21 March 2011

The Ivy City-Trinidad Neighborhood Stabilization Initiative

Last Wednesday, I attended a meeting of the Housing Focus Group of the Ivy City-Trinidad Neighborhood Stabilization Initiative. This program is being run by the city's Department of Housing and Community Development (DHCD) and the National Community Reinvestment Coalition (NCRC). It's part of the federal Department of Housing and Urban Development's Neighborhood Stabilization Stimulus Program. HUD has allocated money to the city to aid in the creation of affordable housing opportunities in the city. The plan can be viewed here.

The city is spending this money in Ivy City and Trinidad in Ward 5, Deanwood in Ward 7, and Anacostia in Ward 8. Housing opportunities in Ivy City were discussed at the Wednesday meeting.

Fifty-eight houses are being constructed in Ivy City by Habitat for Humanity, Manna DC, and Mi Casa. These houses will be heavily subsidized and are being marketed to neighborhood families who are currently renting, offering people an opportunity to remain close to where they've already put down roots.

At the meeting, we discussed barriers to home ownership for an hour or so before getting into details of the program. When the price of the houses was announced (between $90,000 and $150,000), there were disappointed faces. An underemployed carpenter said it would still be tough to raise a family and pay a mortgage at the upper end of that scale. He currently averages 25 hours of work a week and delivers the Washington Post as a second job to make ends meet for his family.

The mood shifted as the meeting facilitators discussed the subsidies available to bring the prices down. Up to $70,000 worth of HPAP funding could be available for homebuyers. That's a 40-year interest free loan with the first payments deferred for 5 years. As the potential for real financial aid was made clear, most of the renters at the meeting sounded very enthusiastic about the likelihood of home ownership.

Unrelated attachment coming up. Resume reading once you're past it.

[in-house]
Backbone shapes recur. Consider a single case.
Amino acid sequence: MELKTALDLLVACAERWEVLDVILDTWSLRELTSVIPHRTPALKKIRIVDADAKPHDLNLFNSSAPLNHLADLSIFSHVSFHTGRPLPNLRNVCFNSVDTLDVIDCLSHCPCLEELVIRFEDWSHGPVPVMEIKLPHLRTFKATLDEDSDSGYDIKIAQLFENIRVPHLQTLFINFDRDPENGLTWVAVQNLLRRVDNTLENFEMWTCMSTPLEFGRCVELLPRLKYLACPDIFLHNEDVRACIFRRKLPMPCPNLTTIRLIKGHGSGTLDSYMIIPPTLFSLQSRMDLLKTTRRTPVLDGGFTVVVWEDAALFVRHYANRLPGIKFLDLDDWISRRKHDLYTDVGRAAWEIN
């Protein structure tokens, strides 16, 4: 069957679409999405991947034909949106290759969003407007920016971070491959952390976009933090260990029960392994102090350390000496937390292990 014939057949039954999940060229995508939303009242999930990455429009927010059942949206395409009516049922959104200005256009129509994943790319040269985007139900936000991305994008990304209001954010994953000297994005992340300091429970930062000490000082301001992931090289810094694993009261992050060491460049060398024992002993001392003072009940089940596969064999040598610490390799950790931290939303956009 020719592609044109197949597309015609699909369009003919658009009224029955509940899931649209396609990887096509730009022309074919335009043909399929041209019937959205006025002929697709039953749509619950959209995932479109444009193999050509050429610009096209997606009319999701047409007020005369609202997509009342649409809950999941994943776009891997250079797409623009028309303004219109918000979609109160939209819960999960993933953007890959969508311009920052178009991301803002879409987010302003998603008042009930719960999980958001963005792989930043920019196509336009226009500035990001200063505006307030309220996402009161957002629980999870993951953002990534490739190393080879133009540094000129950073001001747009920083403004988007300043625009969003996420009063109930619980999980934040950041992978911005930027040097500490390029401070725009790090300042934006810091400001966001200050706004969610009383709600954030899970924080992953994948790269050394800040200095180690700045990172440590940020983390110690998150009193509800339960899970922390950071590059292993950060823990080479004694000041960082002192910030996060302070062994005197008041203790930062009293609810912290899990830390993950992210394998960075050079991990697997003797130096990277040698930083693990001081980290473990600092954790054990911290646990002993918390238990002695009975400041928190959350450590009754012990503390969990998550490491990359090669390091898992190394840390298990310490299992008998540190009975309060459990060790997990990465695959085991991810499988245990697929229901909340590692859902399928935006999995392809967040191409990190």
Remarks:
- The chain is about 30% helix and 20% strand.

The one problem I had was the program's advertising. The photograph at the top of this post shows an enormous banner selling the program to automobile traffic on New York Avenue NE. Meeting attendees were all from the northern part of Trinidad, and don't regularly travel that stretch of highway. Therefore, few knew about the home construction getting underway.

I recommended either moving the sign or adding additional signage in areas where more people from the neighborhood would see them. Perhaps a sign at the corner of Mount Olivet Road and West Virginia Avenue, or at Montello Avenue and Florida Avenue, would actually catch the eyes of someone who would benefit from this potentially transformative program. I'm looking forward to see how this works out, as it looks like it has the possibility to vastly improve the lives of many people in the neighborhood who just need a little help to ensure a stable future.

18 March 2011

Sign Blight - Help us shame these lawbreakers

Rule 24-108 in the District of Columbia Municipal Regulations gives guidance on the placement of signs, posters, and placards in the city's public space. Subsection 2 reads, "The placing of any advertisement on any tree in public space is prohibited." That means the signs below are not legal. Period.